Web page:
How Data Analytics can Empower Organisations of the Future
A research by McKinsey suggests that up to 30 percent of the hours worked globally could be automated by 20301. Indeed, AI is impacting every aspect of our lives - automating mundane tasks or simplifying complex work across diverse industries. However, unbeknown to many, a similar automation process is also happening in the data analytics domain - transforming the way businesses today utilise data toget ahead of the competition.
The organisation of the future is one in which all knowledge workers are empowered with data. Question is, how can businesses tap into the current trends and turn their use of data into a competitive advantage?
MAKING DATA ACCESSIBLE
Businesses must make the right data available to the right people. The IT team is traditionally responsible for providing data reports. With the increasingly common self-service approach in data analytics, their key role now will instead be to provide clean, governed datasets while ensuring everyone has access to the data they need. The proper creation and access management of company data is crucial because overly restrictive governance could indirectly encourage employees to generate their own data sources in spreadsheets, or download data from web sources. The use of such unsecured and uncertified data might pose a risk to the whole organisation.
On the other hand, with the selfservice approach in data analytics, the processing time of data reports which could previously take weeks has the potential to be significantly shortened. Furthermore, easyto-use visual analytics tools like Tableau offers a modern visual analytics approach to enable high usability across all skill levels, and give knowledge workers across departments and levels easy access to governed data. The result is, faster decision making and better results.
Case in point, Tableau helps online grocery retailer RedMart reduce report generation time by 70 to 80 percent. Its company-wide deployment also empowers informed decision making in a timely manner.
MAKING ANALYTICS SIMPLE
As AI advances, smart technologies are adopted to automate stages of the analytics process, lowering barriers to analytics and enabling more people to work with data. One such technology is natural language processing (NLP), which combines computer science and linguistics to help computers understand the meaning behind human language.
For example, the natural language feature - Ask Data - in Tableau allows users to ask questions as they think of them, without needing deep knowledge of analytics or the tool. By leveraging context within the conversation to understand the user's intent behind a query and further the dialogue, the system is able to create a more natural conversational experience. When a user has a followup question about their data, they don't have to rephrase the question to dig deeper or clarify an ambiguity.
Case in point, Tableau helps online grocery retailer RedMart reduce report generation time by 70 to 80 percent. Its company-wide deThey can simply ask, "What are our sales figures in APAC?" and then follow up with a direct question such as "How about in Singapore?". Users are therefore no longer limited by their analytical skill set - only the breadth of their questions. Advanced users can also get answers to more complex questions in less time, and all users can enjoy a dashboard with more engaging capabilities. It is foreseeable that as natural language matures across the business intelligence industry, analytics adoption will increase across organisations and further embed data into the core of workplace culture.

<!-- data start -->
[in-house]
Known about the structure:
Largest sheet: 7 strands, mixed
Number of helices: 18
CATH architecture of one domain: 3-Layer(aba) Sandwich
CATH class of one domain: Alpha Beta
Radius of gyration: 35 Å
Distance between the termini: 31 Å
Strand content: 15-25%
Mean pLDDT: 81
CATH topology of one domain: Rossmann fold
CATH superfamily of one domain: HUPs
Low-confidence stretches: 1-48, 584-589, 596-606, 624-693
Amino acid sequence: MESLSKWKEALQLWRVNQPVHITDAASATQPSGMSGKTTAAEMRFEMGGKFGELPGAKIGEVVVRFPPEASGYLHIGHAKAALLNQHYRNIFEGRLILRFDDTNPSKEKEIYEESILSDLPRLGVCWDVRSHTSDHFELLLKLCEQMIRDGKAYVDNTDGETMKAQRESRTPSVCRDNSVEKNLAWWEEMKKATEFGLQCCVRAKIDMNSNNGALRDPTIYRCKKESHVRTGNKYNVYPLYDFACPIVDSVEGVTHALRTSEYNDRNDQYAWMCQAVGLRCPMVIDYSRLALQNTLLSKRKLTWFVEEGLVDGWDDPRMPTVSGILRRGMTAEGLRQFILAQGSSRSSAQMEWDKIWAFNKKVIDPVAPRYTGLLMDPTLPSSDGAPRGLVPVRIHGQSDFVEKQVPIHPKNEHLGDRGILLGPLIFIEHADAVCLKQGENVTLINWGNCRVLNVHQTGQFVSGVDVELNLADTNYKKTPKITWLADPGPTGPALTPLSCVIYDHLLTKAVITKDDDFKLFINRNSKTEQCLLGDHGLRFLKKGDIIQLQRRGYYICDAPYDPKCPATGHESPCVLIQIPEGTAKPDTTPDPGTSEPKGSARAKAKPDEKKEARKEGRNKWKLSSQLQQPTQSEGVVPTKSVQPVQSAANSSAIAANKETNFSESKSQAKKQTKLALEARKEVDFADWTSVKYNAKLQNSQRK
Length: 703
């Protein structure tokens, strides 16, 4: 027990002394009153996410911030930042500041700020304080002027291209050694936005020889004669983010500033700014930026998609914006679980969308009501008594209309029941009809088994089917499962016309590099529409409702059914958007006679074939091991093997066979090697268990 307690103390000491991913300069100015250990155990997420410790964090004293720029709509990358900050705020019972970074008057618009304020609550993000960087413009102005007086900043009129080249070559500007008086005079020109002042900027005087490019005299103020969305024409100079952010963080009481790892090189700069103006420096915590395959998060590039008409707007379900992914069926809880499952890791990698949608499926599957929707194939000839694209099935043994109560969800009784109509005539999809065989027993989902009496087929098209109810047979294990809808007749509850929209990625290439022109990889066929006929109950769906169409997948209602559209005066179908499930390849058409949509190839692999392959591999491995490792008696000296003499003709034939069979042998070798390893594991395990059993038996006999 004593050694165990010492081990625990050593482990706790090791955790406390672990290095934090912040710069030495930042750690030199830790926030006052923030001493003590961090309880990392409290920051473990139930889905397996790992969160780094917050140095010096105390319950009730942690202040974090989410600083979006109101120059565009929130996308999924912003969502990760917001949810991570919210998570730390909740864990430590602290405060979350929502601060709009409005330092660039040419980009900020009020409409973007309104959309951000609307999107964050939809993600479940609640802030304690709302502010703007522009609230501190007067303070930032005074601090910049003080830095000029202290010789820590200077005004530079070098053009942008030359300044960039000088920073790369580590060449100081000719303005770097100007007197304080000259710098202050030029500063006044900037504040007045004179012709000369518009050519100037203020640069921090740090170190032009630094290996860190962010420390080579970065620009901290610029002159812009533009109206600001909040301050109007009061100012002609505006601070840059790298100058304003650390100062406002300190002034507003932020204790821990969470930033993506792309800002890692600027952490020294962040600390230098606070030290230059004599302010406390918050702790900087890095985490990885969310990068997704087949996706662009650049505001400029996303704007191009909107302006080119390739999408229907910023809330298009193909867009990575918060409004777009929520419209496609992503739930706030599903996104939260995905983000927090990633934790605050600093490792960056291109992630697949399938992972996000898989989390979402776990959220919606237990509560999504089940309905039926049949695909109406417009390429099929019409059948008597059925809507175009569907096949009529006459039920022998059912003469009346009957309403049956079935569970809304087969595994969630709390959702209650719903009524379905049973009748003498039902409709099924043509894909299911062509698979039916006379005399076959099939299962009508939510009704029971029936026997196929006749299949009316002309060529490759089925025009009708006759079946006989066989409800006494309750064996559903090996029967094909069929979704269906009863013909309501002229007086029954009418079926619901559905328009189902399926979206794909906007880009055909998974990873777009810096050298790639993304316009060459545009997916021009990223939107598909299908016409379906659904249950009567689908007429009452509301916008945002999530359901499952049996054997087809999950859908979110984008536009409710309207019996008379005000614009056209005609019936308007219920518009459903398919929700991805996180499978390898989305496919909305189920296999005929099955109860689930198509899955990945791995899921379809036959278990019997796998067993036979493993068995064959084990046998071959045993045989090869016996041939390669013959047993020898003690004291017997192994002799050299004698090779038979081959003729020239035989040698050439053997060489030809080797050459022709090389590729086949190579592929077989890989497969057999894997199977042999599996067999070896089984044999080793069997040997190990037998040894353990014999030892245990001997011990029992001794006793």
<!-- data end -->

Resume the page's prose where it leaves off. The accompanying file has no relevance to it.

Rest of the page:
MAKING ANALYTICS INTEGRALHowever, as important as it is to inculcate a strong belief that data can and should play a crucial role in every business conversation and decision, one should be mindful that although everyone across the organisation can use data in some way, their requirements can be very different. Some might need the data for complex modelling and analysis, while others simply want to see the data to guide their decision making process. Companies should therefore invest in an analytics platform which caters to different requirements - and at a reflective cost - rather than opt for a one-size-fits-all solution. This will help put data in the hands of more people within the organisation - managers will no longer need to base decisions solely on experience and gut feeling, and the decision making process can be expanded to workers at every level.
With AI augmented platforms, it is increasingly possible to put powerful analytics capabilities in the hands of every worker, allowing effective and informed decisions to be made. Hence for businesses looking to survive and remain competitive, this transition is not a case of if, but when. Many leading companies have already embraced the modern analytics model - for the rest, the hard decision has to be made now, unless they decide to settle for trailing behind.
1 What the Future of Work will Mean for Jobs, Skills, and Wages, McKinsey, Nov 2017